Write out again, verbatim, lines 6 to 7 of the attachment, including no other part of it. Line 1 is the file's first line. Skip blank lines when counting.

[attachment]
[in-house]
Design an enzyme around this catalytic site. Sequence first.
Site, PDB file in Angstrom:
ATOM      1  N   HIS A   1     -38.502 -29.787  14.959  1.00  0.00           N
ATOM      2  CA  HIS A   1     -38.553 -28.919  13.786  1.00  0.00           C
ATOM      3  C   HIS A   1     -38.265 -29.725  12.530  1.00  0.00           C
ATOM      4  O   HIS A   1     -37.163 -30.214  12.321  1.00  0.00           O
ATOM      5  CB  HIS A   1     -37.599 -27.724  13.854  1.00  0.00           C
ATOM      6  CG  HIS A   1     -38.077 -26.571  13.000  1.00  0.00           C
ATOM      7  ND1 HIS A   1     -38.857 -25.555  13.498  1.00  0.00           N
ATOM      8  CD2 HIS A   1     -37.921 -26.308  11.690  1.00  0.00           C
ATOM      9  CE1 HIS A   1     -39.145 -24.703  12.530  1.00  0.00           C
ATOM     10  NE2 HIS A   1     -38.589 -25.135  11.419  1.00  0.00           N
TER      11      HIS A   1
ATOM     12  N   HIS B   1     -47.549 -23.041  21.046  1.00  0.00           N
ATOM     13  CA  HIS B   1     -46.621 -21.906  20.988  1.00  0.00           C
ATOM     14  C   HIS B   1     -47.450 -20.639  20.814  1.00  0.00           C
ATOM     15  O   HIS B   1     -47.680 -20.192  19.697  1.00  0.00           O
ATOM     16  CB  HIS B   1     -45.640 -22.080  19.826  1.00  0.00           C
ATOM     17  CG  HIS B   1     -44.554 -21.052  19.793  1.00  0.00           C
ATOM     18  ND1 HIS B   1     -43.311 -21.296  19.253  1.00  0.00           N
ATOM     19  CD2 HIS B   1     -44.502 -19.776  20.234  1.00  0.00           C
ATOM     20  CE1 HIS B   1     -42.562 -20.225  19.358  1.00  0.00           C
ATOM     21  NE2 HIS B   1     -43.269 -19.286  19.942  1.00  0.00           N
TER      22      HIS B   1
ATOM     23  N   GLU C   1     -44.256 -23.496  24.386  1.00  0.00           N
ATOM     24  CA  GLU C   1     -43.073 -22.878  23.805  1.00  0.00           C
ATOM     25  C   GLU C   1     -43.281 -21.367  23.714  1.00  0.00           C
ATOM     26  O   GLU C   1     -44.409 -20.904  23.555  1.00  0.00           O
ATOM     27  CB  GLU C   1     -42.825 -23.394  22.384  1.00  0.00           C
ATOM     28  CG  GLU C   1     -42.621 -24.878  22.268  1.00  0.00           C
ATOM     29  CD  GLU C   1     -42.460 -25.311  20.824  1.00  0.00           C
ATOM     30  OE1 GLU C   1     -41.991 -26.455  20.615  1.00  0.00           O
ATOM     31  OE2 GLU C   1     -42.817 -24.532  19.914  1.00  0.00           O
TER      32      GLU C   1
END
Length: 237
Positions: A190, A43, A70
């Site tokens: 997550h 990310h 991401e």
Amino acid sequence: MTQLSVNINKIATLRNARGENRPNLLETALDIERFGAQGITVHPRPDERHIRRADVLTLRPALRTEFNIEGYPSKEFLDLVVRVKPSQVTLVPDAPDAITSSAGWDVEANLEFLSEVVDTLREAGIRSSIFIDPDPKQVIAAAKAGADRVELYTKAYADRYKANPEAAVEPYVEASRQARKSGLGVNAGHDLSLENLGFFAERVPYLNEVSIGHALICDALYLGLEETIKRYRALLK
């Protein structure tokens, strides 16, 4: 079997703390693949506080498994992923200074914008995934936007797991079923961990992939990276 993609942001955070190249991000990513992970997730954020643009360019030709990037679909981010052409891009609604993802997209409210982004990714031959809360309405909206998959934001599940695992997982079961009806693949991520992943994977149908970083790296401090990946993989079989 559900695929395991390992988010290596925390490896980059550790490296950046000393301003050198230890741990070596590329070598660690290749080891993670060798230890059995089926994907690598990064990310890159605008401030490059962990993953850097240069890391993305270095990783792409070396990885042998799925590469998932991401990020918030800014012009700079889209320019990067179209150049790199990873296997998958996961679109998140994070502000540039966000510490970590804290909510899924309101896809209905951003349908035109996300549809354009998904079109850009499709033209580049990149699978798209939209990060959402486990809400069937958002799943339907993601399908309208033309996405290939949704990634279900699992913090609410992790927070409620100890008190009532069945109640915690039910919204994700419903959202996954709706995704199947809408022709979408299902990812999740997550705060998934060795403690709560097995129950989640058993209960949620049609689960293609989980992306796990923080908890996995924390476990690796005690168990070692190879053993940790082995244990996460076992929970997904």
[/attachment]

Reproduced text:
ATOM      3  C   HIS A   1     -38.265 -29.725  12.530  1.00  0.00           C
ATOM      4  O   HIS A   1     -37.163 -30.214  12.321  1.00  0.00           O